The unproductivenee of these lands and farmers being in poverty stricken condition has helped the rural youth’s psyche being dented. They no more derive pride in being a farmer. Todays youth are attracted towards the lavish life of urban lifestyle. This has resulted in rural people migrating to towns and cities in search of jobs and livelihood. This has changed the demography of urban areas with a large influx of migrants. Often these jobs too do not provide security and it becomes a vicious circle.
Better Prospects through Land Reforms and Beneficiary Programmes
Therefore, through land reforms better prospects can be generated in rural areas thus reducing migration push factors. It will also help in development of villages, socially and economically. These reforms will change over-all structure of rural as well as urban society.
Government schemes like e-NAM, Paramparagat Krishi Vikas Yojana (PKVY), Pradhan Mantri Kisan Samman Nidhi (PM-KISAN), etc. will then benefit a large share of farmers who can trade agricultural commodities online and practice organic farming respectively on their own lands. Only, if farmers have land, they can completely benefit from such schemes.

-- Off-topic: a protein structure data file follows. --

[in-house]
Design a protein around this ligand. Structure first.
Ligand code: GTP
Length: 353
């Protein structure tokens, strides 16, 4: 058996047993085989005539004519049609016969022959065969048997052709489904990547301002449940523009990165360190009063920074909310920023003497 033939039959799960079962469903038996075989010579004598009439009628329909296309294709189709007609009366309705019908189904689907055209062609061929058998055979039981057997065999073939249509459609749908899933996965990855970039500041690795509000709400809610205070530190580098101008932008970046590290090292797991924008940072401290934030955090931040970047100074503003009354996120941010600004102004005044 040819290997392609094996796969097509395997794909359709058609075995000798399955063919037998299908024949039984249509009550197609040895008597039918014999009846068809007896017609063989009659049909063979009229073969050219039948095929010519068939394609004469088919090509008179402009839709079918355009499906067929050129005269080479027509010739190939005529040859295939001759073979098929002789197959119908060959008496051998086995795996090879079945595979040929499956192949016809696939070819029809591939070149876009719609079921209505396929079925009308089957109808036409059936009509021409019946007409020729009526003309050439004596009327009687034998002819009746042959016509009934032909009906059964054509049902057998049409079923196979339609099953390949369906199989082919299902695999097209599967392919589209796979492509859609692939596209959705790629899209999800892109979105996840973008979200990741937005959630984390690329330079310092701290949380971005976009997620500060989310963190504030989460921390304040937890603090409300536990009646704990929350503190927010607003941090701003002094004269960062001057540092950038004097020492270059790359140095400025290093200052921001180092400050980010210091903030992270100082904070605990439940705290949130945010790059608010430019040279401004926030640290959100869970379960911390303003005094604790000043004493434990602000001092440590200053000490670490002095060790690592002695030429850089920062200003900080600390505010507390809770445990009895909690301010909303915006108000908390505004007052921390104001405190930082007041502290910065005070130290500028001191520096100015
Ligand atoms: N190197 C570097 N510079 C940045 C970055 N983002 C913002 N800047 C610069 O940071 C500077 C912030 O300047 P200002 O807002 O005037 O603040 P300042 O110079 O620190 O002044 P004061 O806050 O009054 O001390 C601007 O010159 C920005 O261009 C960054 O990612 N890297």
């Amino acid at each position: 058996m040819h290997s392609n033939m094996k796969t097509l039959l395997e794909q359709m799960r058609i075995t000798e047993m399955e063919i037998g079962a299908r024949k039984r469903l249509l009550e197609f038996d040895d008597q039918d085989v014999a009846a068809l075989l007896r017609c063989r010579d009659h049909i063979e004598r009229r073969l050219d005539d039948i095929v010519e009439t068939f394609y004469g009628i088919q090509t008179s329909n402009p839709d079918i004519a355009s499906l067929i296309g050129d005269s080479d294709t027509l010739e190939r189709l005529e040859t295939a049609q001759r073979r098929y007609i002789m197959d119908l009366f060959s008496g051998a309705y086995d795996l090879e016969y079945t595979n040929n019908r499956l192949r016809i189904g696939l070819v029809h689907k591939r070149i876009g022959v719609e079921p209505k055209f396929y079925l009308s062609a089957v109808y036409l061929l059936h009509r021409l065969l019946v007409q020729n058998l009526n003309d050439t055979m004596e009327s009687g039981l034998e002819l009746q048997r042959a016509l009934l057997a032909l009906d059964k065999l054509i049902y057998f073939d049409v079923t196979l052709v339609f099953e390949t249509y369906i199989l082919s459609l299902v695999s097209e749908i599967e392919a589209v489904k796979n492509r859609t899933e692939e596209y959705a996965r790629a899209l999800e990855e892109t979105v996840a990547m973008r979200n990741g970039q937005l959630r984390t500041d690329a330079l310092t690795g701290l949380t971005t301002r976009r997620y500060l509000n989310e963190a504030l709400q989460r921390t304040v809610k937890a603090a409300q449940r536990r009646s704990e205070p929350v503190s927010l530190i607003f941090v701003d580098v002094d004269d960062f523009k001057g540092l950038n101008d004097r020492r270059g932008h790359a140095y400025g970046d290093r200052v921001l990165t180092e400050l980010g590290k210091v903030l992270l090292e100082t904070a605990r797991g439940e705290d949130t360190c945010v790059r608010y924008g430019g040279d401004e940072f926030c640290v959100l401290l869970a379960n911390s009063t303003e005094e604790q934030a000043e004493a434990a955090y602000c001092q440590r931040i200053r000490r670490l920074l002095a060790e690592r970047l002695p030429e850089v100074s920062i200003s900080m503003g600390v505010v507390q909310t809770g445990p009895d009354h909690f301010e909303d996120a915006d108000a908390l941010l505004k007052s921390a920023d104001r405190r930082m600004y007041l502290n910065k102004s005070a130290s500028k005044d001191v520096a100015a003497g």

Digital maintenance of records avoiding the role of local patwari though GPS enabled boundary records can help promote transparency in land transfers . Even ther records digitization will help reduce the bulk of paper documents and make access quicker. One such initiative has been the Digital India Land Record Modernization Programme. Since land is a state subject, state governments must guarantee title rights providing conclusive ownership of land which will facilitate liquidity. Such reforms have the potential to unlock huge capital hidden in land. Apart from agricultural productivity through capital investment, it will give a boost to MSMEs and cottage industries, small businesses, etc.
Therefore, we have the treasure-box (land), all we need to do is to put the right key or right combination of the lock (reforms) and it will automatically get unlocked. Our motherland has immense potential to feed everyone on it, we just need to recognize that.
AUTHOR- SURAMYA SHARMA